Make no mistake, there’s nobody that loves Friends as much as the team here at Goliath. Most of us grew up watching it in one form or another, and many of us actively make efforts to watch the show nowadays as well (especially since it’s been added to Netflix). That said, we just can’t find a way to love The Comeback, which stars Friends alum Lisa Kudrow as Valerie Cherish, a former sitcom star who has fallen out of the limelight and attempts to make a comeback through a type of “found footage” reality TV show. It’s all a bit too meta for us, and the astonishing ten year gap between the show’s first season (which aired in 2005) and the show’s second season (which aired in 2014) is just so jarring that we’re unable to invest ourselves wholly in what otherwise might have been an astute and intelligent satire of celebrity and what it means to be famous in America. That said, there’s no denying Kudrow’s immense charm, an asset which can’t quite save the show entirely but does manage to save the show enough to make it watchable.
6. Lucky Louie
Before there was Louie, the FX comedy hit, written and starring comedian Louis C.K., there was Lucky Louie, the funny man’s first attempt at a television series. Lucky Louie, which aired on HBO for one season in 2006, was anything but the smash hit that Louie has been for FX. The show, which saw C.K. star as a down on his luck mechanic attempting to navigate the difficult terrain of the middle class while providing for his wife (Pamela Adlon) and his daughter (Kelly Gould), received extremely mixed reviews upon release, with most critics landing closer to negative than positive when it came to discussing the show. Lucky Louie, which dealt with many of the same issues that C.K. now deals with on Louie, could be said to be a bit ahead of its time by those attempting to defend the series, but overall it’s a rather lackluster attempt from both a network and a comedian who we expect better from. Lucky Louie does hold the distinction of being the first HBO show filmed in front of a live studio audience, but that’s more novelty than anything else.
5. Hello Ladies
We wanted to like Hello Ladies. No really, we did. Our love for Stephen Merchant, the British comedian best known as Ricky Gervais’ writing and producing partner, runs deep and true. That lanky Englishman knows how to make us howl with laughter, which is why it’s such a shock to the system to find that Hello Ladies, the HBO series starring Merchant as a gawky foreigner looking for love in modern day Los Angeles, isn’t really very funny. In fact, it’s not funny at all. Hello Ladies, which ran on HBO for one season in 2014, was cancelled before the show had a chance to develop a second season, and as much as it pains us to say it, the cancellation was justified. While the “fish out of water” shtick has proven effective time and time again, it simply didn’t work on Hello Ladies, which attempts to blend dry British sarcasm with the crassness and vapidity of contemporary Hollywood life to lukewarm results at best.
There’s nothing worse than wasted potential. It pains us when we come across a show that is clearly bad, but hidden in all the terrible are the kernels of something good, glimpses of what could have been. That’s the case with Carnivale, the dark fantasy series that aired for two seasons on HBO from 2003 to 2005. Carnivale, which starred Nick Stahl, Michael J. Anderson, and Adrienne Barbeau, was set during the Great Depression and followed the exploits of a travelling carnival troop, albeit with much grander themes incorporated into the show’s ethos. A grand story of good and evil, Carnivale used the weirdness of its setting to attempt to bridge topics as varied as Christian and religious mythology, ethics and destiny; however, whether the show is successful in building this mythology effectively is very much up for debate. A show that still maintains a fan base (most of whom likely saw the same potential in the show that we did), Carnivale may have been cancelled too soon, and perhaps another season or two to unpack the majority of what was going on here would have helped make it a stronger series.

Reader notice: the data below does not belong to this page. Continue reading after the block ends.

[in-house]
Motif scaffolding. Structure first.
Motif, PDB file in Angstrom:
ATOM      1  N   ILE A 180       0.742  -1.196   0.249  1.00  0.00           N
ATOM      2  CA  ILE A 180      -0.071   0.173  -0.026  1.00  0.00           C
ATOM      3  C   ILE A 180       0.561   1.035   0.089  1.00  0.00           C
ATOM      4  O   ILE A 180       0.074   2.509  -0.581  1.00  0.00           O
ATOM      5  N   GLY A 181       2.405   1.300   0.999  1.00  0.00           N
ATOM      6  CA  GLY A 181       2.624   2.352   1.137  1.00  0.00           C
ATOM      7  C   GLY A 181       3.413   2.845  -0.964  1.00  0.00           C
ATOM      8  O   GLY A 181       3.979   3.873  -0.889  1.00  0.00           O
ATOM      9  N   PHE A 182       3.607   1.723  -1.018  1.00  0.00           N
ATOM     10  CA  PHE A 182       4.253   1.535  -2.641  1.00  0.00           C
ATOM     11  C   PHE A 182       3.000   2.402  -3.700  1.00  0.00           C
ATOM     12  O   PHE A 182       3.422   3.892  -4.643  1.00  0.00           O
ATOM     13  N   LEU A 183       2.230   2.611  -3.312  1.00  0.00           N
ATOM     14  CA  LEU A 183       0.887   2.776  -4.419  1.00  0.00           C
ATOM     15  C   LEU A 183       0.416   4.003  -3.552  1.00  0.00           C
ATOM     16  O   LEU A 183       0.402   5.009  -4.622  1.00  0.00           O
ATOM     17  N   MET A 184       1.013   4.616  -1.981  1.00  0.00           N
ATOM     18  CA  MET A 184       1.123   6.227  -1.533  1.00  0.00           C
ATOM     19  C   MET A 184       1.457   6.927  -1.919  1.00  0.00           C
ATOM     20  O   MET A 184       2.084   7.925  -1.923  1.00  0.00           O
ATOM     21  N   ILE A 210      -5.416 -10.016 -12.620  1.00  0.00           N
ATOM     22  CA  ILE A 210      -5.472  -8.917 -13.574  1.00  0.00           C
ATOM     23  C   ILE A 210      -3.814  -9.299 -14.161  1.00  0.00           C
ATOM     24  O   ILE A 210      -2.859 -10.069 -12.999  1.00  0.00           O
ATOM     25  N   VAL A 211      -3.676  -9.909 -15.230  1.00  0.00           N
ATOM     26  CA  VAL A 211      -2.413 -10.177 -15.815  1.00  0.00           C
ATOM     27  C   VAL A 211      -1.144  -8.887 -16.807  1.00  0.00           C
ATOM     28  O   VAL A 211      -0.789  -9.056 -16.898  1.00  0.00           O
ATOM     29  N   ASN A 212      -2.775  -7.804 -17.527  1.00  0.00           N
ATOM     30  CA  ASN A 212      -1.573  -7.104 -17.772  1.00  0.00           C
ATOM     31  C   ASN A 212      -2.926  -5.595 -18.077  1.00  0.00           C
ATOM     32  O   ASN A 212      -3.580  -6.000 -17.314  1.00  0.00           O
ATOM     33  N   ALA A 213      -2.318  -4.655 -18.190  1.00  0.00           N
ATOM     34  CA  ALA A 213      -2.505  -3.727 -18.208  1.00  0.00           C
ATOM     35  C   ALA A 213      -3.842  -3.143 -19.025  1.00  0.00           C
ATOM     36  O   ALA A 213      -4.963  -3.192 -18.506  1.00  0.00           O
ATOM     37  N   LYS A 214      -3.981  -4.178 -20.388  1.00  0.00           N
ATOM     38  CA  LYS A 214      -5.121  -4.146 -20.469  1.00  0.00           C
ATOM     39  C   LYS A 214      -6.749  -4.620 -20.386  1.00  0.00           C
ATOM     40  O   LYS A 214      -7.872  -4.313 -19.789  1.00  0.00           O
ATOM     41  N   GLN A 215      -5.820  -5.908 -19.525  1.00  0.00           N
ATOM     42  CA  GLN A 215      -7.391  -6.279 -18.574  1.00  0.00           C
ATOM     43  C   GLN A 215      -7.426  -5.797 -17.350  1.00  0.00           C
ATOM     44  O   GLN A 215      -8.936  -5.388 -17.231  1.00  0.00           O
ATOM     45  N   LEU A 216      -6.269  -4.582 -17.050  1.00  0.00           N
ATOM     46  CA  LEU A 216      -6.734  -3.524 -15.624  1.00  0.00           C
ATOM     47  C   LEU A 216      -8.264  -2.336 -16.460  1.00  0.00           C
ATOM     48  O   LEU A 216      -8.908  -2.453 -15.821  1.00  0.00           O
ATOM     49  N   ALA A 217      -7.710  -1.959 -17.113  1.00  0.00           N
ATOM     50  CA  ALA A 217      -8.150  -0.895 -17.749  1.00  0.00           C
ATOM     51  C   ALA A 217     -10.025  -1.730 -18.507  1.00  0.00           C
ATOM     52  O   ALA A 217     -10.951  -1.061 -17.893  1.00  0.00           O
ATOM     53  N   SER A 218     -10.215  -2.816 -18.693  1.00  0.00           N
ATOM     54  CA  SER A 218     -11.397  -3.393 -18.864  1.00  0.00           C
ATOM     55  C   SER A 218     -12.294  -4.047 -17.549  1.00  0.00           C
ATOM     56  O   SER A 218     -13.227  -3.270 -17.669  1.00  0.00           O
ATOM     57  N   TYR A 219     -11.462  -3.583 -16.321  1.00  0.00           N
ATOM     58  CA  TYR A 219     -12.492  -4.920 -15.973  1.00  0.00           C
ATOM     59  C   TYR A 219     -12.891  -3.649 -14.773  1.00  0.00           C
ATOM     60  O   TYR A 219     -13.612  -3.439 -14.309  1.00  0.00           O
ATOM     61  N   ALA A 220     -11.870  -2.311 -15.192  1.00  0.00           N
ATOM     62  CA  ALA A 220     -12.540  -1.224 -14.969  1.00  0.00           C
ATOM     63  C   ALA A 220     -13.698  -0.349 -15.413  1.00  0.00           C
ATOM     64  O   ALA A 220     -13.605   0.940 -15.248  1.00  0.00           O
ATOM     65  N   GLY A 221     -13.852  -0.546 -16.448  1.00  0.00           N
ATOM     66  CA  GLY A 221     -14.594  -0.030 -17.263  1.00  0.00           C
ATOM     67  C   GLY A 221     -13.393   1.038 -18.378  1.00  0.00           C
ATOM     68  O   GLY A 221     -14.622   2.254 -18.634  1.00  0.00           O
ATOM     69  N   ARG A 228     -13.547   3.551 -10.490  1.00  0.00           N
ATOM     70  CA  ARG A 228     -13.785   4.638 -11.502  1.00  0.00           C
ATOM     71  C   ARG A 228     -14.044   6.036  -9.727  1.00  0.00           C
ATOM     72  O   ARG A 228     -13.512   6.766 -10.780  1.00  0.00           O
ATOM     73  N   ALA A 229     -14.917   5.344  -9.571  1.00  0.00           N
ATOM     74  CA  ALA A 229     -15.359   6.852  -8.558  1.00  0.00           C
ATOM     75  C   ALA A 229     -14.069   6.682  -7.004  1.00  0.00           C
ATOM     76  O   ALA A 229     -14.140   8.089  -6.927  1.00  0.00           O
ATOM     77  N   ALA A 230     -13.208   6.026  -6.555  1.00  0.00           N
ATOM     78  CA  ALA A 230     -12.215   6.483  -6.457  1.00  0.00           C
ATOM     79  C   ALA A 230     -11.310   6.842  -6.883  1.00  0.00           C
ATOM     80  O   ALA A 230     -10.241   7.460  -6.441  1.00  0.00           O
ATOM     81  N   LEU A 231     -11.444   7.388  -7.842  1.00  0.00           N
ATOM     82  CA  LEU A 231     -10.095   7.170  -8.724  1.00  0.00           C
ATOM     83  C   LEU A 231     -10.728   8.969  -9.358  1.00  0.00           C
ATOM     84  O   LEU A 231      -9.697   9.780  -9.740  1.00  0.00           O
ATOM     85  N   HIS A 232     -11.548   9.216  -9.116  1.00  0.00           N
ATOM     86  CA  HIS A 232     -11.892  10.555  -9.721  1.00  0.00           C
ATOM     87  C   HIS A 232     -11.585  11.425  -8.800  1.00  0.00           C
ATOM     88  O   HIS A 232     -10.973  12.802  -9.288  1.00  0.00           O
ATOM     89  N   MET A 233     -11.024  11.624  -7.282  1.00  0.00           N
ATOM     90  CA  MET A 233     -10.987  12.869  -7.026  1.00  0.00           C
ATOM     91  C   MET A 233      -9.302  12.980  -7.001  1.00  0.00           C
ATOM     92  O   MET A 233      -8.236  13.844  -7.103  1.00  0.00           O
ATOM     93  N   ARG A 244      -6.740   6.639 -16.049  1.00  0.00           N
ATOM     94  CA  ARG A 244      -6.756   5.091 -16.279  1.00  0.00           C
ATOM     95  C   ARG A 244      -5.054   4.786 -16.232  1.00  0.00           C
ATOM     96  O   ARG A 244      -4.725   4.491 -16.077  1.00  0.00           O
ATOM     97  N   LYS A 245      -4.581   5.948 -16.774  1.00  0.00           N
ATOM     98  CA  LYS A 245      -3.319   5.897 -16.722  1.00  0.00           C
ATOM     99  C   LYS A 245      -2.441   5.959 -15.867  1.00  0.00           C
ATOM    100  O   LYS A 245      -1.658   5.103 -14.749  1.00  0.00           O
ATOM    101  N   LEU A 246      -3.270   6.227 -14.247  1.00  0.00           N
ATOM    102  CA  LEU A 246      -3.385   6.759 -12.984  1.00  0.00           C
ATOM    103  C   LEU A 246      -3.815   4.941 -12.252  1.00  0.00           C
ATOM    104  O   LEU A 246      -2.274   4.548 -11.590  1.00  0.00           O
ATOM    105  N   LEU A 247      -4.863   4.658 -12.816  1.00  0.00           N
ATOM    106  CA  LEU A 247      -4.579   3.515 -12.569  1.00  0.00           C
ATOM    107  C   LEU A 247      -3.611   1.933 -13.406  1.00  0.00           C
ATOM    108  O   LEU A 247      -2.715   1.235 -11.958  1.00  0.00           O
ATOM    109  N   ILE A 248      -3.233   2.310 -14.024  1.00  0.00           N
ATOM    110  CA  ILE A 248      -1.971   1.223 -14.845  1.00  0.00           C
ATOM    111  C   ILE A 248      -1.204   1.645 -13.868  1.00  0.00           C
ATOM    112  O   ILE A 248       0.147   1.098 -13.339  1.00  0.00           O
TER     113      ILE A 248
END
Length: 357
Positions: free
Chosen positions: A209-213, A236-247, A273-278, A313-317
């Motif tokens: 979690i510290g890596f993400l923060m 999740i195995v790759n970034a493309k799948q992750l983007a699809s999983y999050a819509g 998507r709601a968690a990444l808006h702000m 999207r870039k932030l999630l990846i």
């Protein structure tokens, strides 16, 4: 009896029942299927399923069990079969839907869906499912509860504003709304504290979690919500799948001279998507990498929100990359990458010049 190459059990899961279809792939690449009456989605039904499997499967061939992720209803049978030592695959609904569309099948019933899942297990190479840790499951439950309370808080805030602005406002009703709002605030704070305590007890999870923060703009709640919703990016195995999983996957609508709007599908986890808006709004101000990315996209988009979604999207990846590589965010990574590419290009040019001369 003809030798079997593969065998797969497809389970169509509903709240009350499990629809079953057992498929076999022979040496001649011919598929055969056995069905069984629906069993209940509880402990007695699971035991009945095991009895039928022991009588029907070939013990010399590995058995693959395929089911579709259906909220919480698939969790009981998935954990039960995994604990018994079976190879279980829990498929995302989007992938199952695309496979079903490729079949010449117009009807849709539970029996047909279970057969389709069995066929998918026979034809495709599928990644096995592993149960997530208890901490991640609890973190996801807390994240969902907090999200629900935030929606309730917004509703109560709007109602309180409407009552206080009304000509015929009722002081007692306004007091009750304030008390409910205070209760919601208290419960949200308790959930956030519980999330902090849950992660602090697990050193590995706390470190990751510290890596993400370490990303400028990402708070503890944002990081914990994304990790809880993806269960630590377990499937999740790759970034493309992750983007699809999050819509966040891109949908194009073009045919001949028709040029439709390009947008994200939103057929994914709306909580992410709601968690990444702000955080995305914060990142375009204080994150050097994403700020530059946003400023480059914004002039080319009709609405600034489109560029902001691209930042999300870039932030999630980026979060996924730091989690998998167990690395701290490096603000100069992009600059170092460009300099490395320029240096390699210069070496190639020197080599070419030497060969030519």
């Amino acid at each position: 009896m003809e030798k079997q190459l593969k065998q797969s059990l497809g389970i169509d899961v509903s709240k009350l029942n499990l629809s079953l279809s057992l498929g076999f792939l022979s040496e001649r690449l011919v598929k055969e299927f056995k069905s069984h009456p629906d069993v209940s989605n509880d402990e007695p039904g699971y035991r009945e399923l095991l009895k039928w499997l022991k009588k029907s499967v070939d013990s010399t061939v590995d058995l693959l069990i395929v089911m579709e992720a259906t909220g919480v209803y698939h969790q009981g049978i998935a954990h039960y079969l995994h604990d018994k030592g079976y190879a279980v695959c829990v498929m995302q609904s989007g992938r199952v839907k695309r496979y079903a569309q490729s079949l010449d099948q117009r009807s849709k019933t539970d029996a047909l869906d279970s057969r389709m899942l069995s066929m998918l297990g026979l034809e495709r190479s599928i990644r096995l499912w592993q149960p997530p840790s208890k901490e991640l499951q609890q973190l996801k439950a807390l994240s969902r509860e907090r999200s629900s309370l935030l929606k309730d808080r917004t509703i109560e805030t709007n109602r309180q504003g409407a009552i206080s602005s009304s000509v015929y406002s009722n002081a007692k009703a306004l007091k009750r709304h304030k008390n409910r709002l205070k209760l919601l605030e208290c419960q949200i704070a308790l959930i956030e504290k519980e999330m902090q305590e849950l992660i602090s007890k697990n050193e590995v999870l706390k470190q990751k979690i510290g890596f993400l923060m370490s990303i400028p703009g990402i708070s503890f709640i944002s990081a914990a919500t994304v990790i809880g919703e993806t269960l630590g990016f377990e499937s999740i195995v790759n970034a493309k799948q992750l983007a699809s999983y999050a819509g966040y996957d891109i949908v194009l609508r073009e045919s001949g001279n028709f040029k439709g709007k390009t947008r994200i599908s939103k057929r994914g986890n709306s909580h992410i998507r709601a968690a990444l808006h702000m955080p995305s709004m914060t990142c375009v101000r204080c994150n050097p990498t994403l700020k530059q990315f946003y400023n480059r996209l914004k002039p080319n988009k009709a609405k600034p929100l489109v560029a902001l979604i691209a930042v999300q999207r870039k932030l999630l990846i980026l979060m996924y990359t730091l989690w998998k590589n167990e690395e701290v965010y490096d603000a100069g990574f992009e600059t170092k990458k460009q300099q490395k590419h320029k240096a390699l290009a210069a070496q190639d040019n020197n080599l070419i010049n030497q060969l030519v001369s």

3. How to Make It in America
It’s never a good thing to underestimate the astuteness of your audience, but that’s just what HBO did when they greenlit How to Make It in America, the comedy drama which ran on HBO for two seasons starting in 2010. An obvious attempt to fill the post-Entourage void in the HBO lineup, How To Make It In America was so akin to that show that many viewers were put off by the blatant similarities between the two series (Mark Whalberg acted as an executive producer on both shows, and the influence is most definitely felt). How To Make It In America, which starred Bryan Greenberg, Lake Bell, and Eddie Kaye Thomas, felt far too much like an East Coast version of Entourage to take off, and was cancelled after the conclusion of the show’s second season.
2. In Treatment
One of the true faults of In Treatment rests in the idea that we, as an audience, would like to sit through someone else’s therapy session. For whatever reason, those involved in the making of this HBO drama, which aired for three seasons starting in 2010, thought that this would make for compelling television. Spoiler alert: it didn’t. In Treatment, which starred Gabriel Byrne as a Dr. Paul Weston, a psychologist with more than a few problems of his own, received decidedly mixed reviews upon its release, with more than a few critics labelling the show as “tiresome” rather than compelling. The series, which also starred Dianne West, Michelle Forbes, and Melissa George, was adapted from an Israeli television series titled BeTipul, and from our understanding In Treatment sticks very close to the source material.
1. John From Cincinnati
We’ve circled back round to Deadwood creator David Milch again, and this time we’re going to talk about his extremely poor HBO series John From Cincinnati. A collaborative effort between Milch and acclaimed surf author Kem Nunn (of Tapping the Source fame), John From Cincinnati is a broody melodrama which follows the ripple effects of a mysterious young man’s appearance and influence in the surfing community of Southern California. The series, which was almost universally panned despite a strong push from HBO to position it as a hit, remains one of the biggest flops in the network’s history; it was cancelled after only one season, despite a strong cast which included the always underrated Bruce Greenwood, Rebecca De Mornay, and Ed O’Neil.